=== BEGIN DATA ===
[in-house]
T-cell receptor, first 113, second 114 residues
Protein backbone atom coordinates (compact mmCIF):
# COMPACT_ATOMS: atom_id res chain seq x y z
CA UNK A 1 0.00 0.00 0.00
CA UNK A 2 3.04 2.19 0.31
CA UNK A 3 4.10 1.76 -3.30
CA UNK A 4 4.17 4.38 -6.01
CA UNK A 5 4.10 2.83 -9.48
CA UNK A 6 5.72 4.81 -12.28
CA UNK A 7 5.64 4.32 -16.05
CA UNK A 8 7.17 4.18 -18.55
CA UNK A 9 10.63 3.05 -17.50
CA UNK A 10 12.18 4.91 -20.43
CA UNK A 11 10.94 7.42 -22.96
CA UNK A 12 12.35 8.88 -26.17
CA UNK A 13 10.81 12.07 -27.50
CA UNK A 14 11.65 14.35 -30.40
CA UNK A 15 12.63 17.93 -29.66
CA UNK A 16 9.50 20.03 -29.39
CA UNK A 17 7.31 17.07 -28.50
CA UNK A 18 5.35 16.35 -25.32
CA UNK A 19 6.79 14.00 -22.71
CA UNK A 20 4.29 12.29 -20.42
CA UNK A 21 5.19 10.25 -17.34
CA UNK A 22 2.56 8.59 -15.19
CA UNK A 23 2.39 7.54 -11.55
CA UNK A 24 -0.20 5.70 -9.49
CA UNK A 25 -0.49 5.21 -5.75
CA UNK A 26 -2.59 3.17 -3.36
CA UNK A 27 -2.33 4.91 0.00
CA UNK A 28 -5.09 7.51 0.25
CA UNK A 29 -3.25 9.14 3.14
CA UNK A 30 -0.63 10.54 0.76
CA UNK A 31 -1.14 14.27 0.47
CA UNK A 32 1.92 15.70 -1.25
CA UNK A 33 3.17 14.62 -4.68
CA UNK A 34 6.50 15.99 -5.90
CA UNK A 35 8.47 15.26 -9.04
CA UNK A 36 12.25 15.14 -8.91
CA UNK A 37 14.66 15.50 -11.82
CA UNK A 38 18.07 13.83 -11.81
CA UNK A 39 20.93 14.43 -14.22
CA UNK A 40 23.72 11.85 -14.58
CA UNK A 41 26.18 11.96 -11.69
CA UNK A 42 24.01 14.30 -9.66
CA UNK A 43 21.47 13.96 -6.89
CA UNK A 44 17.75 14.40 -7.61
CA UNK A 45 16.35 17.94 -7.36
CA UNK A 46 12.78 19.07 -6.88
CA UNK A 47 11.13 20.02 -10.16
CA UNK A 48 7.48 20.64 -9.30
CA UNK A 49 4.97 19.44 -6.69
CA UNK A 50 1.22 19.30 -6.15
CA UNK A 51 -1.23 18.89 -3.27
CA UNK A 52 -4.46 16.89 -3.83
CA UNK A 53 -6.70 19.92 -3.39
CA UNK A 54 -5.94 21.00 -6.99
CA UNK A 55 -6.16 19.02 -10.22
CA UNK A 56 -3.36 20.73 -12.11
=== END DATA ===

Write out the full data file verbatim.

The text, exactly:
[in-house]
T-cell receptor, first 113, second 114 residues
Protein backbone atom coordinates (compact mmCIF):
# COMPACT_ATOMS: atom_id res chain seq x y z
CA UNK A 1 0.00 0.00 0.00
CA UNK A 2 3.04 2.19 0.31
CA UNK A 3 4.10 1.76 -3.30
CA UNK A 4 4.17 4.38 -6.01
CA UNK A 5 4.10 2.83 -9.48
CA UNK A 6 5.72 4.81 -12.28
CA UNK A 7 5.64 4.32 -16.05
CA UNK A 8 7.17 4.18 -18.55
CA UNK A 9 10.63 3.05 -17.50
CA UNK A 10 12.18 4.91 -20.43
CA UNK A 11 10.94 7.42 -22.96
CA UNK A 12 12.35 8.88 -26.17
CA UNK A 13 10.81 12.07 -27.50
CA UNK A 14 11.65 14.35 -30.40
CA UNK A 15 12.63 17.93 -29.66
CA UNK A 16 9.50 20.03 -29.39
CA UNK A 17 7.31 17.07 -28.50
CA UNK A 18 5.35 16.35 -25.32
CA UNK A 19 6.79 14.00 -22.71
CA UNK A 20 4.29 12.29 -20.42
CA UNK A 21 5.19 10.25 -17.34
CA UNK A 22 2.56 8.59 -15.19
CA UNK A 23 2.39 7.54 -11.55
CA UNK A 24 -0.20 5.70 -9.49
CA UNK A 25 -0.49 5.21 -5.75
CA UNK A 26 -2.59 3.17 -3.36
CA UNK A 27 -2.33 4.91 0.00
CA UNK A 28 -5.09 7.51 0.25
CA UNK A 29 -3.25 9.14 3.14
CA UNK A 30 -0.63 10.54 0.76
CA UNK A 31 -1.14 14.27 0.47
CA UNK A 32 1.92 15.70 -1.25
CA UNK A 33 3.17 14.62 -4.68
CA UNK A 34 6.50 15.99 -5.90
CA UNK A 35 8.47 15.26 -9.04
CA UNK A 36 12.25 15.14 -8.91
CA UNK A 37 14.66 15.50 -11.82
CA UNK A 38 18.07 13.83 -11.81
CA UNK A 39 20.93 14.43 -14.22
CA UNK A 40 23.72 11.85 -14.58
CA UNK A 41 26.18 11.96 -11.69
CA UNK A 42 24.01 14.30 -9.66
CA UNK A 43 21.47 13.96 -6.89
CA UNK A 44 17.75 14.40 -7.61
CA UNK A 45 16.35 17.94 -7.36
CA UNK A 46 12.78 19.07 -6.88
CA UNK A 47 11.13 20.02 -10.16
CA UNK A 48 7.48 20.64 -9.30
CA UNK A 49 4.97 19.44 -6.69
CA UNK A 50 1.22 19.30 -6.15
CA UNK A 51 -1.23 18.89 -3.27
CA UNK A 52 -4.46 16.89 -3.83
CA UNK A 53 -6.70 19.92 -3.39
CA UNK A 54 -5.94 21.00 -6.99
CA UNK A 55 -6.16 19.02 -10.22
CA UNK A 56 -3.36 20.73 -12.11